Your Cost of Donating
“Wait! I was told donating wasn’t going to cost me anything! What do you mean by ‘your cost of donating’?”
The good news is, if you are willing and able to be a living donor, the health insurance of your recipient usually picks up all the medical costs directly related to your donation. For example, insurance pays for the expenses of testing, physical and psychosocial evaluations, the surgery, and the time you spend in the hospital recovering.
However, there may be expenses you pay out of your own pocket and you may have lost wages. For example, if you’re employed, you’ll need to take time away from work for your evaluation, surgery, and recovery. That means you won’t be earning a paycheck unless you have some form of disability insurance or paid time off benefits to cover your time away from work.
A recent survey of living kidney donors revealed that only 14% were able to return to work within two weeks of surgery; 46% returned within three to four weeks; 76% returned within five to six weeks. But 24% need more than six weeks before returning to work. The median time off from work was a little over five weeks. So maybe you can plan on six weeks off and hope for less but be prepared for more.
For living liver donors, 50% were back at work within four weeks; 75% returned within eight weeks; and all donors were back within 12 weeks. For liver donors, maybe plan on eight weeks and hope for an earlier return.
You may also need to pay for travel expenses, child/elder/pet care, and help with every-day activities while you’re recovering.
You will also be committing to a lifetime of healthy living after you donate in order to protect your remaining kidney or the portion of liver you kept. At the very least, that means an annual physical exam that checks your kidney/liver health, your general health, and your psychological wellbeing.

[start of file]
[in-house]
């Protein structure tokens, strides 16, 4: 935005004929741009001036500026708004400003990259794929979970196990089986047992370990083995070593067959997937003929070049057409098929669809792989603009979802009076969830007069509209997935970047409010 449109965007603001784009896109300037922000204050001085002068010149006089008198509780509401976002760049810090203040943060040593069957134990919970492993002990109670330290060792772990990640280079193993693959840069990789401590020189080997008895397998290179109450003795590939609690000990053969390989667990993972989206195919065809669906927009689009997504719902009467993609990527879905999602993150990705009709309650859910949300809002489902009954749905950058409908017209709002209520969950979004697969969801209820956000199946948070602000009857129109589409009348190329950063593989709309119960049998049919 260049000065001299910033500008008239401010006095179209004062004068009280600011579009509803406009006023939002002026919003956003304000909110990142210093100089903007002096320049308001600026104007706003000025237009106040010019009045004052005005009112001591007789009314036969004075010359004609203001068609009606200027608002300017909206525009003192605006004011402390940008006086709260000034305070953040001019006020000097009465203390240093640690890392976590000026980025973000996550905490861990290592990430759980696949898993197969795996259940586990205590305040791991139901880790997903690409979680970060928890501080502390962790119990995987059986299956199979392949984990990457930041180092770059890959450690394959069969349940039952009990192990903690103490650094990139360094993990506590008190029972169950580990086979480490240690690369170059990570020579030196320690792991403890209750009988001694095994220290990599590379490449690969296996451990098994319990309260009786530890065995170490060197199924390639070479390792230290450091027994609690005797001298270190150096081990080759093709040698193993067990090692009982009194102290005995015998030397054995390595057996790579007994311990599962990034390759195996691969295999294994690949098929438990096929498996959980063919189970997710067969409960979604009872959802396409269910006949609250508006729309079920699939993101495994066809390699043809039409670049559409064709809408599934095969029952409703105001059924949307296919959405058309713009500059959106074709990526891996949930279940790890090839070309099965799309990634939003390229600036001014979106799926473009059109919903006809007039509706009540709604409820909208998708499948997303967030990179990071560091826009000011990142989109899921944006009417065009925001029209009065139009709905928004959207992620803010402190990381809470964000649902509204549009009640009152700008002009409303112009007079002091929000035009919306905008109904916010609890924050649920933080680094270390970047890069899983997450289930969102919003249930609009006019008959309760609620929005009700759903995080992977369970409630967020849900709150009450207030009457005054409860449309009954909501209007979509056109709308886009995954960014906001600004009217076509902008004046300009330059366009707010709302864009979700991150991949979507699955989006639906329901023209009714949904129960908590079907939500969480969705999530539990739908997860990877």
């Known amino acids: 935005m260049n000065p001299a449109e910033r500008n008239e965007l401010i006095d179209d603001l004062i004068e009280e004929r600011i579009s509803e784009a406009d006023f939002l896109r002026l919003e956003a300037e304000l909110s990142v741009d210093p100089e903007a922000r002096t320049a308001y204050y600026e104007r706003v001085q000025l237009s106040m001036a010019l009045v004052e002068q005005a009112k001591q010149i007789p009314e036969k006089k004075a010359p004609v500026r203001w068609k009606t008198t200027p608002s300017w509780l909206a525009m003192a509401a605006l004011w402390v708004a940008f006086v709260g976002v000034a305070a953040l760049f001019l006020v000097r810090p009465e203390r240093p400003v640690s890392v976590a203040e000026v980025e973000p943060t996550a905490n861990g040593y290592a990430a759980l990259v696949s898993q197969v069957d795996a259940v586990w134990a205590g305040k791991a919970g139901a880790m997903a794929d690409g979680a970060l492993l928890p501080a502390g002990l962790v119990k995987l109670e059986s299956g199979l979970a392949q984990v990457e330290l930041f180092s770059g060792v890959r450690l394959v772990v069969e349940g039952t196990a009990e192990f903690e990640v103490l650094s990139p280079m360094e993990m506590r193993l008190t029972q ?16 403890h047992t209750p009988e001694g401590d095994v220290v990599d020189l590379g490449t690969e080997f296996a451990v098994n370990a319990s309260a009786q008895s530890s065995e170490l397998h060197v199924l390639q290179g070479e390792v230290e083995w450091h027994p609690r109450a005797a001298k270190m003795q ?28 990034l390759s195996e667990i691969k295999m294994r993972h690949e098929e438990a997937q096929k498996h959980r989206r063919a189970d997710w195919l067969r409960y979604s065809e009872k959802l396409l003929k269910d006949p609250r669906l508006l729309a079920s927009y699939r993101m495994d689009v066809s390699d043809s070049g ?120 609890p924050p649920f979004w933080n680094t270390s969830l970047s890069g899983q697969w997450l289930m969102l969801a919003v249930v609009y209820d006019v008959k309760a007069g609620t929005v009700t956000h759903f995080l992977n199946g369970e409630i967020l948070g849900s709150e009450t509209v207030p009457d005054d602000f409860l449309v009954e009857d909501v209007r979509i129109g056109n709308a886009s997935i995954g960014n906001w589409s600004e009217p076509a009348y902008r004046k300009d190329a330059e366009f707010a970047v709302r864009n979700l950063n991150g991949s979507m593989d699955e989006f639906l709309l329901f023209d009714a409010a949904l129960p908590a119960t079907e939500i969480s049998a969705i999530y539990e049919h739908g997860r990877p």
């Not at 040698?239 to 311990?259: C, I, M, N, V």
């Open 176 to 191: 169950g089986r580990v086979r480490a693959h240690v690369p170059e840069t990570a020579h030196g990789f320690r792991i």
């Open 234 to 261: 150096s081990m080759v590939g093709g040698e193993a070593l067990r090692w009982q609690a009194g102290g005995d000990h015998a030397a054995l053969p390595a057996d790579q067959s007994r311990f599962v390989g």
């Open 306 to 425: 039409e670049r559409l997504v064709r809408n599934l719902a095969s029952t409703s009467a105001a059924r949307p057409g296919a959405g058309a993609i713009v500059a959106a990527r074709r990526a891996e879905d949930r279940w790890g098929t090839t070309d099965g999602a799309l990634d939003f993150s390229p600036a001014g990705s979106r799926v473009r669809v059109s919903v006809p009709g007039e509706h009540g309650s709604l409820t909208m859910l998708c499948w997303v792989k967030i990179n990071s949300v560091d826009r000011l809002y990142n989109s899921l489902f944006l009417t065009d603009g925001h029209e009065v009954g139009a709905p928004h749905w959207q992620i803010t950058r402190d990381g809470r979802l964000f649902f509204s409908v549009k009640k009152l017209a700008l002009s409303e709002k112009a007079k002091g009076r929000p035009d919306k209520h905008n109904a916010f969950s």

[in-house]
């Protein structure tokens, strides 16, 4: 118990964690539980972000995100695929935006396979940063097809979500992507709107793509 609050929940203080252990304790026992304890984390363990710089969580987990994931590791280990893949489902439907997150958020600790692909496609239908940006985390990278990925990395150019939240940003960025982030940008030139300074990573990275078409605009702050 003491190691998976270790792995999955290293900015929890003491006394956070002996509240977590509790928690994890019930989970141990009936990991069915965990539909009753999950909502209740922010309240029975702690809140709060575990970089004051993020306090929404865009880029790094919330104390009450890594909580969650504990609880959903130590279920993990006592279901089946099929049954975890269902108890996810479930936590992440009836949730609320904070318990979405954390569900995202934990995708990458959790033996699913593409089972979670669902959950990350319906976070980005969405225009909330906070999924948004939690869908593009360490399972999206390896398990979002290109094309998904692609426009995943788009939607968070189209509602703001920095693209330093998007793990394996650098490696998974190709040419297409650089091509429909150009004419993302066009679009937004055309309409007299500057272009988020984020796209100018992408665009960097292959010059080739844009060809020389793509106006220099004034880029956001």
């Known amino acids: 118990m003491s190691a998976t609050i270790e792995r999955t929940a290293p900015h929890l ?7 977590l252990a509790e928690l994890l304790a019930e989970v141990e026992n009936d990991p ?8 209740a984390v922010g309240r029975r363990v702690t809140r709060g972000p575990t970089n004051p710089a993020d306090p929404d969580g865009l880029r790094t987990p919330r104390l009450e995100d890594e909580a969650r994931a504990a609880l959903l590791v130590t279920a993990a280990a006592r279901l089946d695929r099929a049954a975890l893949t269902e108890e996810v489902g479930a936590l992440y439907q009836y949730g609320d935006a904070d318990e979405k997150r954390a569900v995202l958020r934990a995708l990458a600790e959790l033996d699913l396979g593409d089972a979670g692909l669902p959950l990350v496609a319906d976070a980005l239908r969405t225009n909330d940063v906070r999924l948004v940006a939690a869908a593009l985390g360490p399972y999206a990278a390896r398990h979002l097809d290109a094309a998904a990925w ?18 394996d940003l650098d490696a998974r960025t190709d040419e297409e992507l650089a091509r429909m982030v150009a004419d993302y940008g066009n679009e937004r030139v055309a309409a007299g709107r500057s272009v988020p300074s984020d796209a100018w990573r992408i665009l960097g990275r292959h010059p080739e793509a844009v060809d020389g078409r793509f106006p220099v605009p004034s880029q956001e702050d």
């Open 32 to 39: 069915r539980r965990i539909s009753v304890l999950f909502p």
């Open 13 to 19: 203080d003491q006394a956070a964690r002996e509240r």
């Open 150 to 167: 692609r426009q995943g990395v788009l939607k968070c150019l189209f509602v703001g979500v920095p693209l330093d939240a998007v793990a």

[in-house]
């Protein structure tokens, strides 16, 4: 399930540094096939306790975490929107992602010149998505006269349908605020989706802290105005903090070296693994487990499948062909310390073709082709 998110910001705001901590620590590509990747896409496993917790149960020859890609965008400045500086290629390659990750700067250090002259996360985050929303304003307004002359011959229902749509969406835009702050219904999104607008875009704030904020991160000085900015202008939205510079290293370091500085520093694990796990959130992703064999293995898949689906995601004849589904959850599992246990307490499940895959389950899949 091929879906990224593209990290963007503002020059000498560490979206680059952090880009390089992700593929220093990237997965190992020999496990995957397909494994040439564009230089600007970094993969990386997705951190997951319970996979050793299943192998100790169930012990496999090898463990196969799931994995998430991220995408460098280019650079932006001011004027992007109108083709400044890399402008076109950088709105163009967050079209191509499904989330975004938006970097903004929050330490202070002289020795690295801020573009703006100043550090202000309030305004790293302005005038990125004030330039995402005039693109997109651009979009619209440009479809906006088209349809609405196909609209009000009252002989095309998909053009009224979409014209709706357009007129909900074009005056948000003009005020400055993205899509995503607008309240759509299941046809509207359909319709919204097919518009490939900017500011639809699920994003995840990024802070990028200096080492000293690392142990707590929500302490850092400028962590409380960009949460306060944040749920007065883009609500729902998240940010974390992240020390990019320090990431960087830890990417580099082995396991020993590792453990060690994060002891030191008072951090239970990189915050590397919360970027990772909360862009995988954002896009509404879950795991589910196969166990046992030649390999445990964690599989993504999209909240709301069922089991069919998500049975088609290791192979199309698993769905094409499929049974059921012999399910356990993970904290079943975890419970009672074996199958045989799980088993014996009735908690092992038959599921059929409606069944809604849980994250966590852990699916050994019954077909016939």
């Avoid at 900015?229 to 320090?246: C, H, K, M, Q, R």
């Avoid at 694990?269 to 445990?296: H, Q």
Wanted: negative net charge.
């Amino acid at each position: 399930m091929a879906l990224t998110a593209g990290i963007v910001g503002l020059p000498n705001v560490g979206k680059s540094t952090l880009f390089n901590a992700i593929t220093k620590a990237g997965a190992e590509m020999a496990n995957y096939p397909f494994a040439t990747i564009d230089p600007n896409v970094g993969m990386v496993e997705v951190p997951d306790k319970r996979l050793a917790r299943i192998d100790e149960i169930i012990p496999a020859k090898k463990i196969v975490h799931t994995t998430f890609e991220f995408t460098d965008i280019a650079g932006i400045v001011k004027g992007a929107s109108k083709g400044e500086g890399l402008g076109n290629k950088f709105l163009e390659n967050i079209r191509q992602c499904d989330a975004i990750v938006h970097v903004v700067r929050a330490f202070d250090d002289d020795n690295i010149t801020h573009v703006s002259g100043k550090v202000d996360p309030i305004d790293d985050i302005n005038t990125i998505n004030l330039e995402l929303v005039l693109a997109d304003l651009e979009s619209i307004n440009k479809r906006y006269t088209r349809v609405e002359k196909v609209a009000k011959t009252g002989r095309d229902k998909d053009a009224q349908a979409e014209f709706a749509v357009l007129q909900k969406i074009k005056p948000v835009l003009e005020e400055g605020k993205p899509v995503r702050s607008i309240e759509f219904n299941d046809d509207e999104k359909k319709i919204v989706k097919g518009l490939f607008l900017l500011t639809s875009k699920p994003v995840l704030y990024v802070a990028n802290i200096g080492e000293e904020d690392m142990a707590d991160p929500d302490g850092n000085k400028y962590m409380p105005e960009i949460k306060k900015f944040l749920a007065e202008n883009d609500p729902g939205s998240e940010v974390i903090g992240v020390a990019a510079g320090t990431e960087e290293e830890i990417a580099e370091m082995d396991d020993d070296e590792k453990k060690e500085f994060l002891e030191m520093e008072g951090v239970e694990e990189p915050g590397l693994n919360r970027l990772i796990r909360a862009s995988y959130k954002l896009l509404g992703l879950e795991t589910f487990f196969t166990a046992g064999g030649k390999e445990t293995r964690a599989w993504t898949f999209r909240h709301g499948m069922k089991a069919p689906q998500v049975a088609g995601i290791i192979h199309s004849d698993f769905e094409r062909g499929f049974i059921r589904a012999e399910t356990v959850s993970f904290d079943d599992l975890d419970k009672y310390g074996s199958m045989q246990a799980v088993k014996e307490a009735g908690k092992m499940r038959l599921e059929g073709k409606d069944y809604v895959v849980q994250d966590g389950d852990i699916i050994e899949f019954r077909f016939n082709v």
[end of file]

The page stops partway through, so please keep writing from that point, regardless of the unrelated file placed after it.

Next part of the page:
One study revealed living kidney donors had out-of-pocket expenses of about $450 on average. But the range was wide, from as little as $10 to more than $10,000. A third of the donors also lost wages averaging about $2,700. That’s an average total loss of more than $3,000. Another study showed living kidney donors had expenses that averaged about $1,300, and lost wages of about $5,500 — a total loss of $6,800.
Living liver donors have similar out-of-pocket expenses. A study of 15 donors in 2014 revealed a median loss of wages of $3,000 with other expenses of about $1,700 for a total cost to the donor of $4,700.
How Much Will You Have to Pay?
Fortunately, we can help you anticipate any out-of-pocket expenses and find possible resources to help you cover those costs.
LDO created a spreadsheet to help you estimate the expenses you might have to pay out of your own pocket. It’s based on the experiences of other living donors. It’s a big spreadsheet because it tries to capture all of the types of costs you might have to pay. You probably won’t have all of those expenses, so if there’s an expense you don’t think you’ll have, you can skip it and move on to the next one. If you’re not sure what the cost will be, just make a guess. You can come back later and change it.
When you click here the spreadsheet will automatically download to your computer or phone.
There are instructions on how to use the spreadsheet on tabs in the spreadsheet. Be sure to click on the tabs at the bottom of the spreadsheet.
Do you have questions or need help with the spreadsheet? Send an email to us and we’ll help you out.
Financial Resources for Living Donors
There are several organizations that want to help reduce or eliminate the financial barriers to living donation. Here are some examples:
- National Living Donor Assistance Center provides reimbursement of certain expenses if you meet the income-based requirements for eligibility.
- In Canada, the Kidney Foundation has a Living Organ Donor Expense Reimbursement Program.
- American Society of Transplantation’s Live Donor Financial Toolkit helps you identify potential out-of-pocket costs.
- American Transplant Foundation’s Patient Assistance Program helps cover lost wages.
- Transplant Recipients International Organization’s United Airlines Travel Program provides travel assistance.
- National Kidney Registry’s Donor Shield program provides insurance and reimbursement of expenses and lost wages.
- Georgia Transplant Foundation’s Living Donor Assistance program provides financial assistance to living donors in Georgia.
- Iowa’s Anatomical Gift Transplantation Fund Grant provides assistance for living donors in Iowa.
- American Living Donor Fund: https://www.helplivingdonorssavelives.org/
- Kid-U-Not Living Organ Donor Fund: https://kidunot.org/
- Heal With Love Foundation: http://www.healwithlovefoundation.org/index.html
If you are employed, ask your employer if they have programs to help you through the process, such as paid leave for donation and other paid time-off programs. For example, state employees in North Carolina are eligible for three weeks of paid leave under the state’s Living Donor Protection Act. Here is a list of other states’ donor leave policies.